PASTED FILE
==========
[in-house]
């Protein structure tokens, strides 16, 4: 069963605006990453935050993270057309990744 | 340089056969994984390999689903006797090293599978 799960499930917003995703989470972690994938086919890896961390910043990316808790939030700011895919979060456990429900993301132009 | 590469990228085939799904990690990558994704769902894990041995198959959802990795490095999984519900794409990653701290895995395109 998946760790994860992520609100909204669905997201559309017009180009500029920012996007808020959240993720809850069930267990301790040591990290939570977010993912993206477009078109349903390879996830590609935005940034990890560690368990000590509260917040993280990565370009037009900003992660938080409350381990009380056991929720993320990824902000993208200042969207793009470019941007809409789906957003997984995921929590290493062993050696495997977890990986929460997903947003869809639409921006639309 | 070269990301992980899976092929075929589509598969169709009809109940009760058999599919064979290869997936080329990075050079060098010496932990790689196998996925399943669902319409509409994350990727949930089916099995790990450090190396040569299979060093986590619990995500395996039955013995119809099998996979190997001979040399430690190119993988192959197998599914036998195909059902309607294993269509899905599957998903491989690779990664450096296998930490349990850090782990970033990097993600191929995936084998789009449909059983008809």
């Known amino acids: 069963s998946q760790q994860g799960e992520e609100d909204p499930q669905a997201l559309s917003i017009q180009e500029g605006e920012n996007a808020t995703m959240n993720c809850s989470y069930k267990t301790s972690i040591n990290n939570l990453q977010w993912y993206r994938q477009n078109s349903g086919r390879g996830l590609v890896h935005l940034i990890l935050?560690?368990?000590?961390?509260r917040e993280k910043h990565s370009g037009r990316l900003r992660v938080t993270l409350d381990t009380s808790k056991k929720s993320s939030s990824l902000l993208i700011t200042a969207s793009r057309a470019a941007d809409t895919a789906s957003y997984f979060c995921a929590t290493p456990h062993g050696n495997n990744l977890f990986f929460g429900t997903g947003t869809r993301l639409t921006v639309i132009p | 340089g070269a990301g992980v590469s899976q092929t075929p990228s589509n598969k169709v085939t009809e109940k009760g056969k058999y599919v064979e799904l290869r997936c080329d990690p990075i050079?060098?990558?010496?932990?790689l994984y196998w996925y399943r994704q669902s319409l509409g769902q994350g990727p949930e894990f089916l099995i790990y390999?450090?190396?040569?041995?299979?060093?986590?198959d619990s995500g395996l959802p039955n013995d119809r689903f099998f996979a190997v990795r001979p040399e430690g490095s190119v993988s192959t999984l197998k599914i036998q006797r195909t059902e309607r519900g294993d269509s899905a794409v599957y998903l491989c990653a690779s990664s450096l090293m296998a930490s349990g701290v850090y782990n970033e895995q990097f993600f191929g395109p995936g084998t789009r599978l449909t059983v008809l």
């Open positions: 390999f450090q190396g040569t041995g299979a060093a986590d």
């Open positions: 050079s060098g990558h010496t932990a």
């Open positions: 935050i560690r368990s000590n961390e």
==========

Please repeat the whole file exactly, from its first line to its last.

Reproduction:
[in-house]
């Protein structure tokens, strides 16, 4: 069963605006990453935050993270057309990744 | 340089056969994984390999689903006797090293599978 799960499930917003995703989470972690994938086919890896961390910043990316808790939030700011895919979060456990429900993301132009 | 590469990228085939799904990690990558994704769902894990041995198959959802990795490095999984519900794409990653701290895995395109 998946760790994860992520609100909204669905997201559309017009180009500029920012996007808020959240993720809850069930267990301790040591990290939570977010993912993206477009078109349903390879996830590609935005940034990890560690368990000590509260917040993280990565370009037009900003992660938080409350381990009380056991929720993320990824902000993208200042969207793009470019941007809409789906957003997984995921929590290493062993050696495997977890990986929460997903947003869809639409921006639309 | 070269990301992980899976092929075929589509598969169709009809109940009760058999599919064979290869997936080329990075050079060098010496932990790689196998996925399943669902319409509409994350990727949930089916099995790990450090190396040569299979060093986590619990995500395996039955013995119809099998996979190997001979040399430690190119993988192959197998599914036998195909059902309607294993269509899905599957998903491989690779990664450096296998930490349990850090782990970033990097993600191929995936084998789009449909059983008809």
């Known amino acids: 069963s998946q760790q994860g799960e992520e609100d909204p499930q669905a997201l559309s917003i017009q180009e500029g605006e920012n996007a808020t995703m959240n993720c809850s989470y069930k267990t301790s972690i040591n990290n939570l990453q977010w993912y993206r994938q477009n078109s349903g086919r390879g996830l590609v890896h935005l940034i990890l935050?560690?368990?000590?961390?509260r917040e993280k910043h990565s370009g037009r990316l900003r992660v938080t993270l409350d381990t009380s808790k056991k929720s993320s939030s990824l902000l993208i700011t200042a969207s793009r057309a470019a941007d809409t895919a789906s957003y997984f979060c995921a929590t290493p456990h062993g050696n495997n990744l977890f990986f929460g429900t997903g947003t869809r993301l639409t921006v639309i132009p | 340089g070269a990301g992980v590469s899976q092929t075929p990228s589509n598969k169709v085939t009809e109940k009760g056969k058999y599919v064979e799904l290869r997936c080329d990690p990075i050079?060098?990558?010496?932990?790689l994984y196998w996925y399943r994704q669902s319409l509409g769902q994350g990727p949930e894990f089916l099995i790990y390999?450090?190396?040569?041995?299979?060093?986590?198959d619990s995500g395996l959802p039955n013995d119809r689903f099998f996979a190997v990795r001979p040399e430690g490095s190119v993988s192959t999984l197998k599914i036998q006797r195909t059902e309607r519900g294993d269509s899905a794409v599957y998903l491989c990653a690779s990664s450096l090293m296998a930490s349990g701290v850090y782990n970033e895995q990097f993600f191929g395109p995936g084998t789009r599978l449909t059983v008809l």
């Open positions: 390999f450090q190396g040569t041995g299979a060093a986590d």
């Open positions: 050079s060098g990558h010496t932990a």
């Open positions: 935050i560690r368990s000590n961390e």